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Project to mimic processing of biological neural systems

21st April 2021
Alex Lynn

CEA-Leti has announced the launch of an EU project to develop a novel class of algorithms, devices and circuits that reproduce multi-timescale processing of biological neural systems. The results will be used to build neuromorphic computing systems that can process efficiently real-world sensory signals and natural time-series data in real-time and to demonstrate this with a practical laboratory prototype.

The technology developed in the MeM-Scales project will enable novel solutions for the Internet of Things (IoT). In the future IoT, much computing volume will be offloaded from central servers and delegated to small controllers and intelligent sensors directly where their services are needed. These IoT systems must be able to work reliably, without interruptions and with very low energy demands.  The project also will develop edge-computing processing systems for applications that do not require connectivity to the cloud.

Multi-timescale processing is inspired by neural processing in the nervous system, which occurs naturally over time scales ranging from milliseconds (axonal transmission) to seconds (spoken phrases) and much longer intervals (motor learning).

“The MeM-Scales project aims at lifting neuromorphic computing in analog spiking microprocessors to an entirely new level of performance,” said Elisa Vianello, Manager of CEA-Leti’s AI program and the coordinator of the MeM-Scales project. “Our work is based on a dedicated commitment that novel hardware and novel computational concepts must co-evolve in a close interaction between nano-electronic device engineering, circuit-and-microprocessor design, fabrication technology and computing science: machine learning and nonlinear modeling.”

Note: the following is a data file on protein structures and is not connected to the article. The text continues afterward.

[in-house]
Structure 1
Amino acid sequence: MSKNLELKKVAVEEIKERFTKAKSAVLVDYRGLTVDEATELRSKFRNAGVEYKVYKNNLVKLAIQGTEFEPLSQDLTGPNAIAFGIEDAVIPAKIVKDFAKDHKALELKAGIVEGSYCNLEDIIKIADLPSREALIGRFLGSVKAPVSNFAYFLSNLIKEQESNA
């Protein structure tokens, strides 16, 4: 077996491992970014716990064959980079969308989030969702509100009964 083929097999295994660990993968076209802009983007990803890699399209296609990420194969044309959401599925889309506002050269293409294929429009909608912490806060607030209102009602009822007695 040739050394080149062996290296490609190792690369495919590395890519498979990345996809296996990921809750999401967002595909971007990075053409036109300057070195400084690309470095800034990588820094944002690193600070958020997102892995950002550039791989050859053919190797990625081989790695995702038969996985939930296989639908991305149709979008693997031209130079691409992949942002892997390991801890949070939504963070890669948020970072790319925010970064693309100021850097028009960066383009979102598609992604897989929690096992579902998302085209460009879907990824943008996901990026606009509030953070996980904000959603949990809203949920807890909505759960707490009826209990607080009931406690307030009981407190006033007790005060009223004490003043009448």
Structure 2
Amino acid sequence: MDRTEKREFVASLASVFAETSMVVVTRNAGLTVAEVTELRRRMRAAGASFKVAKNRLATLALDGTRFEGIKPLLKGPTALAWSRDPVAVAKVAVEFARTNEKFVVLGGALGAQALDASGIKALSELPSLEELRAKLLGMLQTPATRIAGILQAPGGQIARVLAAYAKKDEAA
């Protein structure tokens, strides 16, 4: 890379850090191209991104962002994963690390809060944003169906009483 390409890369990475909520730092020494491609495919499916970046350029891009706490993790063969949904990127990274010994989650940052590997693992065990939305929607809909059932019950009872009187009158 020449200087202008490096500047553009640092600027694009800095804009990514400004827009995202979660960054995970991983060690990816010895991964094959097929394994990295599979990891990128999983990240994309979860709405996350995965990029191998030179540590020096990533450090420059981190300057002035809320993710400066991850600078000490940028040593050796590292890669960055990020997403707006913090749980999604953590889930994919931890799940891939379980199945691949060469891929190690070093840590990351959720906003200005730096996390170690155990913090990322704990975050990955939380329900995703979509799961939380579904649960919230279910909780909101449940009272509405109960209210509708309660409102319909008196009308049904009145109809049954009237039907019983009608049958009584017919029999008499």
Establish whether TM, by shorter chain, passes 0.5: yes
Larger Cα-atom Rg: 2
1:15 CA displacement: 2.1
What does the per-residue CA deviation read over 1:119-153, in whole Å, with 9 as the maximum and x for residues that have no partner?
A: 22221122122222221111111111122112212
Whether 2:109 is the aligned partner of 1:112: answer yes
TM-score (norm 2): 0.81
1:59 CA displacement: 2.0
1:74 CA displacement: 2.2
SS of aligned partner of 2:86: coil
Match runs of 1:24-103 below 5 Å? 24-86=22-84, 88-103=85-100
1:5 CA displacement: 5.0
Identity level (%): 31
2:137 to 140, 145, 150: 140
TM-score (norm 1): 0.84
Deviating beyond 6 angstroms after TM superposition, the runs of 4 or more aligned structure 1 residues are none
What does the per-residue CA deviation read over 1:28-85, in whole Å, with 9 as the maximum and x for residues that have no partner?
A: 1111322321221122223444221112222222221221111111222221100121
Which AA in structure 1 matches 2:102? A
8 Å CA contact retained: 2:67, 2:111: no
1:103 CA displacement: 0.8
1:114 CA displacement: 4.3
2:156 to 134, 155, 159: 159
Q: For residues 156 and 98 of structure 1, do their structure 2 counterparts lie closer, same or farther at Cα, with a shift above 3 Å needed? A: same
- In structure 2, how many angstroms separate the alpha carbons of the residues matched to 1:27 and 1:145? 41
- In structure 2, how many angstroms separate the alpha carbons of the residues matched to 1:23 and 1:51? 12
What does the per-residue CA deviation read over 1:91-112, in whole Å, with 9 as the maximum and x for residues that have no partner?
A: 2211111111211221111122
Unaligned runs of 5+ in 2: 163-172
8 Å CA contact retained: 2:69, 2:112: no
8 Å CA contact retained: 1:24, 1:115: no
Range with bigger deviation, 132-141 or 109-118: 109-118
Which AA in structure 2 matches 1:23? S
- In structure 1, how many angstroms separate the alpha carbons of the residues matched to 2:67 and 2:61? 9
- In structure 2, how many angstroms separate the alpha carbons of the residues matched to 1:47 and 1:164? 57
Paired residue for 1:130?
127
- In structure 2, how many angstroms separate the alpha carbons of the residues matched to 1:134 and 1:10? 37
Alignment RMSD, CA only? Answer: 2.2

For physical substrates, novel memory and device technologies will be fabricated to support on-chip learning over multiple timescales for both synapses and neurons. Multi-timescale resistive memory technologies as well as thin-film transistor (TFT) technology will be used to enable timescales spanning up to nine orders of magnitude. On the side of computational theory, autonomous learning algorithms and architectures supporting computation over this wide range of timescales will be developed. These computational methods will be specifically tailored to cope with the low numerical precision, parameter drift, stochasticity and device mismatch that are inherent in analog nanoscale devices.

“These cross-disciplinary efforts will lead to the fabrication of an innovative hardware/software platform as a basis for future products combining extreme power efficiency with robust cognitive computing capabilities,” Vianello said. “This new kind of computing technology will open new perspectives; for instance, for high-dimensional distributed environmental monitoring, implantable medical-diagnostic microchips, wearable electronics and human-computer interfaces.”

The project brings together European specialists in neuromorphic engineering, an emerging interdisciplinary field that takes inspiration from biology, physics, mathematics, computer science, and engineering to design hardware/physical models of neural and sensory systems. The project’s name is short for Memory technologies with Multi-Scale time constants for neuromorphic architectures.

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